Novel Gene Therapy Shows Potential for Polygenic Conditions


AAV2 TrkB-2A-mBDNF resulted in early signs of efficacy in preclinical studies of glaucoma and humanized tauopathy, which could be translatable to other neurodegenerative polygenic disorders.

Tasneem Khatib, BM, BCh, from the John van Geest Centre for Brain Repair at the University of Cambridge

Tasneem Khatib, BM, BCh

The gene therapy AAV2 TrkB-2A-mBDNF effectively transduced both brain-derived neutropenic factor (BDNF) and its receptor tropomyosin receptor kinase B (TrkB) using a single promoter, which resulted in early signs of efficacy in preclinical studies of glaucoma and humanized tauopathy. These findings, which were published in Science Advances, could be broadly translatable to other neurodegenerative and polygenic disorders, the authors suggested.

"The axons of nerve cells function a bit like a railway system, where the cargo is essential components required for the cells to survive and function. In neurodegenerative diseases, this railway system can get damaged or blocked," first author of the study Tasneem Khatib, BM, BCh, from the John van Geest Centre for Brain Repair at the University of Cambridge, said in a statement. "We reckoned that replacing 2 molecules that we know work effectively together would help to repair this transport network more effectively than delivering either one alone, and that is exactly what we found."

For the therapy, AAV2 transduces a self-cleaving 2A peptide containing the coding region for TrkB linked with mature BDNF, which serve as receptor and ligand for each other. In rodent models, intravitreal injection of AAV2 TrkB-2A-mBDNF did not result in retinal ganglion cell (RGC) loss nor impairment of function compared with treatment-naïve RGC. Following transduction, there was a significant increase in BDNF and TrkB expression compared with an AAV2 null control.

The treatment was found to enhance optic nerve anterograde axonal transport, even in uninjured eyes. Transport was measured as 1,407,781 ± 76,284 in an AAV2 null control arm (n = 5), which was similar to eyes that did not receive injections. In the AAV2 TrkB-2A-mBDNF group (n = 5), it was 2,224,777 ± 186,617. Moreover, the study looked at transducing TrkB alone or mBDNF alone and found that combined ligand and receptor replacement was nearly twice as effective, with axonal transport of 2,151,629 ± 191,990 for AAV2 TrkB-2A-mBDNF (n = 5) compared with 1,138,337 ± 13,648 for TrkB by AAV2 alone (n = 4) and 1,327,883 ± 30,372 for mBDNF by AAV2 alone (n = 5).

In rodent glaucoma experiments, intraocular pressure (IOP) was induced using lasers to stimulate normal RGC degeneration and disruption of axonal transport. The treatment by itself was not found to increase IOP compared with an AAV2 null group. However, functional deficits were resolved with AAV2 TrkB-2A-mBDNF compared with a null AAV2 arm.

Axonal transport was improved with the gene therapy compared with null treatment at day 9, 14, and 35 post-injury and treatment but was also statistically significantly improved on day 14 (P <.0001). At this point, the AAV2 null group (n = 4) was 549,638 ±15,124 compared with 1,214,833 ±40,492 for AAV2 TrkB-2A-mBDNF (n = 5). In uninjured eyes (n = 13), it was 1,356,991 ±74,285. Additionally, improvements in anterograde transport to the superior colliculus were seen with the gene therapy compared with AAV2 null treatment at day 9 (P = .39), day 14 (P = .009), and day 35 (P = .02).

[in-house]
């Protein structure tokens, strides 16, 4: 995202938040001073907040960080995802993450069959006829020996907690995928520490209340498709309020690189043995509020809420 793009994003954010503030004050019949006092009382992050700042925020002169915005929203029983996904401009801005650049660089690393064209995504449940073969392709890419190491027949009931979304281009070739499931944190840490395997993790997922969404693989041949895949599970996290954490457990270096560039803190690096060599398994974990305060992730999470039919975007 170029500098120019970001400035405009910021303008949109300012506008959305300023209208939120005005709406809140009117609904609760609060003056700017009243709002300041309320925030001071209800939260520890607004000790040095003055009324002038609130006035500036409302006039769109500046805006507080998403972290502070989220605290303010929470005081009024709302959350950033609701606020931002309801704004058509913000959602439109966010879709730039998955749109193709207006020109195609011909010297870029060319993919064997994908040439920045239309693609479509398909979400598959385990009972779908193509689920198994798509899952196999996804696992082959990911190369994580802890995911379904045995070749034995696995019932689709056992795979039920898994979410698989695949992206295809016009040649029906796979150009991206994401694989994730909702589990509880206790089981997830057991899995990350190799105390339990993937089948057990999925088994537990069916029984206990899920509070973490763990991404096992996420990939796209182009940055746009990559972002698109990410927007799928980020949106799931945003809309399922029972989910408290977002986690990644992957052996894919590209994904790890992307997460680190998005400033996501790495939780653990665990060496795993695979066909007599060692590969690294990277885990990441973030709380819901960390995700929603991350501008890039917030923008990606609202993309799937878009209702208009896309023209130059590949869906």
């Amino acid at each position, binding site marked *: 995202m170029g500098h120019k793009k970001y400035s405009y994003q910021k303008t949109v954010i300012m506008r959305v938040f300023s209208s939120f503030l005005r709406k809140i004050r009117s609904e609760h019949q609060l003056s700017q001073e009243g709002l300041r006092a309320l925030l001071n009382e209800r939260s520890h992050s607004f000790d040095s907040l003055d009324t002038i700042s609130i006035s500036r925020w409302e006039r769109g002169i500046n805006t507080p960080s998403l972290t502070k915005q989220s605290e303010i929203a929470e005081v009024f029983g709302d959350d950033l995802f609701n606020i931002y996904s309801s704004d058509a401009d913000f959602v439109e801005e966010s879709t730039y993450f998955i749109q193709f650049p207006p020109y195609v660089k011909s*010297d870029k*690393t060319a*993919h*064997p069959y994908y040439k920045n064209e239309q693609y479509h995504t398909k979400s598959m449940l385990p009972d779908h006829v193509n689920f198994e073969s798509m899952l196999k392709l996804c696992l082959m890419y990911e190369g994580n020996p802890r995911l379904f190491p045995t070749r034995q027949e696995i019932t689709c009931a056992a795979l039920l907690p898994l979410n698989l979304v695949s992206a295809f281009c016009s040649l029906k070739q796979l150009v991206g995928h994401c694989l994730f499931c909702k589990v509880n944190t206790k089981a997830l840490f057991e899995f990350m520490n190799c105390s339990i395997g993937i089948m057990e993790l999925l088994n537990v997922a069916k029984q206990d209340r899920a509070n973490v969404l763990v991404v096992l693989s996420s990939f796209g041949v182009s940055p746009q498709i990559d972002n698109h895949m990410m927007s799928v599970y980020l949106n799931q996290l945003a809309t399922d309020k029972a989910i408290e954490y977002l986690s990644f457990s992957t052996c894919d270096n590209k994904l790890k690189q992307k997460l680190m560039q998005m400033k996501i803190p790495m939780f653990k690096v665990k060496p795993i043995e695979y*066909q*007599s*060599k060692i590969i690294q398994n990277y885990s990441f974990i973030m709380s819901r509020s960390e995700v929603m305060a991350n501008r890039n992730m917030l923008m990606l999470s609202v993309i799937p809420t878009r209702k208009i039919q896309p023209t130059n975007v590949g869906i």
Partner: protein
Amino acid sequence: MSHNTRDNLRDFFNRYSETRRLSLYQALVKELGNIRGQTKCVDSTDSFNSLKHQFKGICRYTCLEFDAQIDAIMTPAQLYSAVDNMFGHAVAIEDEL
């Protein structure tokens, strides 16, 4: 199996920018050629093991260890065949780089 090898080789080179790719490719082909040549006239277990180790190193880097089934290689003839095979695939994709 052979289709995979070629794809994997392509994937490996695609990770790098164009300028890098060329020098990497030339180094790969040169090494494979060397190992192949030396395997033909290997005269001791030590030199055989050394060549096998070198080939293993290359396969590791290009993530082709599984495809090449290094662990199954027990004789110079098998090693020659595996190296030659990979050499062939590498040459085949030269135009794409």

The utility of AAV2 TrkB-2A-mBDNF was further explored in the P301S humanized tauopathy model. In this model, transgenic P301S mice showed reductions in anterograde axonal transport at 5 months compare with age-matched mice. Following the onset of Tau pathology, AAV2 TrkB-2A-mBDNF was found to enhance optic nerve axonal transport in 7 mice to 1,454,297 ±70,125 compared with 1,085,928 ±67,416 in naive mice (n = 8). The gene therapy was found to be more effective, when given prior to the onset of Tau pathology (1,863,778 ±27,856 when given early (n = 5).

"While this is currently early-stage research, we believe it shows promise for helping to treat neurodegenerative diseases that have so far proved intractable," study lead Keith Martin, BM, BCh, DM, MRCP, FRCOphth, from the Centre for Eye Research Australia and the University of Melbourne. "Gene therapy has already proved effective for some rare monogenic conditions, and we hope it will be similarly useful for these more complex diseases which are much more common."

Building on these experiments, a similar therapy using an AAV5 vector was also examined in a humanized dementia model of Alzheimer disease. In these early experiments, AAV5 TrkB-2A-mBDNF injection into the perirhinal cortex demonstrated improvements in short-term memory at 8 weeks; however, long-term memory deficits persisted.

"This combined approach also leads to a much more sustained therapeutic effect, which is very important for a treatment aimed at a chronic degenerative disease," said Khatib. "Rather than using the standard gene therapy approach of replacing or repairing damaged genes, we used the technique to supplement these molecules in the brain."

The AAV2 TrkB-2A-mBDNF gene therapy was developed under the name QTA020V by the company Quethera, which was acquired by Astellas in late 2018 to early 2019. In addition to this company, Astellas has also made other gene therapy specific acquisitions, including Audentes Therapeutics.

In March 2021, Astellas announced that it was integrating Audentes into Astellas, as a new division labeled Astellas Gene Therapy. The company noted that genetic regulation is a primary focus of research, which will place further emphasis on therapies like AAV2 TrkB-2A-mBDNF. The 2 leading agents in exploration for Astellas Gene Therapy are for neuromuscular conditions, namely AT132 for X-linked myotubular myopathy and AT845 for Pompe disease.

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